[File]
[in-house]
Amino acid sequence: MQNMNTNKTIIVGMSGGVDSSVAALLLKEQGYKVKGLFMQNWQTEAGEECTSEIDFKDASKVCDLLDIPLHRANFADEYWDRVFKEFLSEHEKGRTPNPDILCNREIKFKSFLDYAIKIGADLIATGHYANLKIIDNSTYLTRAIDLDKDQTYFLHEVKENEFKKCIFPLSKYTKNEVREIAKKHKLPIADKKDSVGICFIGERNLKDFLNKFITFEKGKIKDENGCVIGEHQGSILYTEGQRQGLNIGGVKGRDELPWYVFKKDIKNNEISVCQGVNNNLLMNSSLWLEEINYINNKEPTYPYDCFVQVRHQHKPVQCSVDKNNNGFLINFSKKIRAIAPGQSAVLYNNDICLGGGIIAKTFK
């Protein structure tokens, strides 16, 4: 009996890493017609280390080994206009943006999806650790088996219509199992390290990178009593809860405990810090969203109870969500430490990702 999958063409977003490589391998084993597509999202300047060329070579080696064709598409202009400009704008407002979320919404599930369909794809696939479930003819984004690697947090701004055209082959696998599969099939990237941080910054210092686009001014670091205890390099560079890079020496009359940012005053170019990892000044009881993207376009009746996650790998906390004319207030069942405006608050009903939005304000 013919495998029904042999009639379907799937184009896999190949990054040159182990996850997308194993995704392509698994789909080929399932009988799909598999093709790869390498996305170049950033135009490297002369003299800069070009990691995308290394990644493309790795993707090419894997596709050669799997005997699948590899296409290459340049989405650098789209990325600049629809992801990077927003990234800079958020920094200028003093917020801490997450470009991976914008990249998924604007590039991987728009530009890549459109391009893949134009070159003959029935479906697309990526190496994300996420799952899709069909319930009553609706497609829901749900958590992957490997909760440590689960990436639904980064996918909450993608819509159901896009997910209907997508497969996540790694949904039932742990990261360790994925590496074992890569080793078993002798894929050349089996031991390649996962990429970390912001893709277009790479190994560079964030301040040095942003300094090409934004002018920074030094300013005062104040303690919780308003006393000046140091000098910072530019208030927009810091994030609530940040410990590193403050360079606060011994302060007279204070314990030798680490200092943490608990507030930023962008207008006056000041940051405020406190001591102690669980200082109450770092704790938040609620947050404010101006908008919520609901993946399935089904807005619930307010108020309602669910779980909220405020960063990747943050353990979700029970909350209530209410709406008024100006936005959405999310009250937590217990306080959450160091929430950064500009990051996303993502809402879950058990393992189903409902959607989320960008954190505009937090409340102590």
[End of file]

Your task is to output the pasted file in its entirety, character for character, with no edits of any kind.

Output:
[in-house]
Amino acid sequence: MQNMNTNKTIIVGMSGGVDSSVAALLLKEQGYKVKGLFMQNWQTEAGEECTSEIDFKDASKVCDLLDIPLHRANFADEYWDRVFKEFLSEHEKGRTPNPDILCNREIKFKSFLDYAIKIGADLIATGHYANLKIIDNSTYLTRAIDLDKDQTYFLHEVKENEFKKCIFPLSKYTKNEVREIAKKHKLPIADKKDSVGICFIGERNLKDFLNKFITFEKGKIKDENGCVIGEHQGSILYTEGQRQGLNIGGVKGRDELPWYVFKKDIKNNEISVCQGVNNNLLMNSSLWLEEINYINNKEPTYPYDCFVQVRHQHKPVQCSVDKNNNGFLINFSKKIRAIAPGQSAVLYNNDICLGGGIIAKTFK
């Protein structure tokens, strides 16, 4: 009996890493017609280390080994206009943006999806650790088996219509199992390290990178009593809860405990810090969203109870969500430490990702 999958063409977003490589391998084993597509999202300047060329070579080696064709598409202009400009704008407002979320919404599930369909794809696939479930003819984004690697947090701004055209082959696998599969099939990237941080910054210092686009001014670091205890390099560079890079020496009359940012005053170019990892000044009881993207376009009746996650790998906390004319207030069942405006608050009903939005304000 013919495998029904042999009639379907799937184009896999190949990054040159182990996850997308194993995704392509698994789909080929399932009988799909598999093709790869390498996305170049950033135009490297002369003299800069070009990691995308290394990644493309790795993707090419894997596709050669799997005997699948590899296409290459340049989405650098789209990325600049629809992801990077927003990234800079958020920094200028003093917020801490997450470009991976914008990249998924604007590039991987728009530009890549459109391009893949134009070159003959029935479906697309990526190496994300996420799952899709069909319930009553609706497609829901749900958590992957490997909760440590689960990436639904980064996918909450993608819509159901896009997910209907997508497969996540790694949904039932742990990261360790994925590496074992890569080793078993002798894929050349089996031991390649996962990429970390912001893709277009790479190994560079964030301040040095942003300094090409934004002018920074030094300013005062104040303690919780308003006393000046140091000098910072530019208030927009810091994030609530940040410990590193403050360079606060011994302060007279204070314990030798680490200092943490608990507030930023962008207008006056000041940051405020406190001591102690669980200082109450770092704790938040609620947050404010101006908008919520609901993946399935089904807005619930307010108020309602669910779980909220405020960063990747943050353990979700029970909350209530209410709406008024100006936005959405999310009250937590217990306080959450160091929430950064500009990051996303993502809402879950058990393992189903409902959607989320960008954190505009937090409340102590």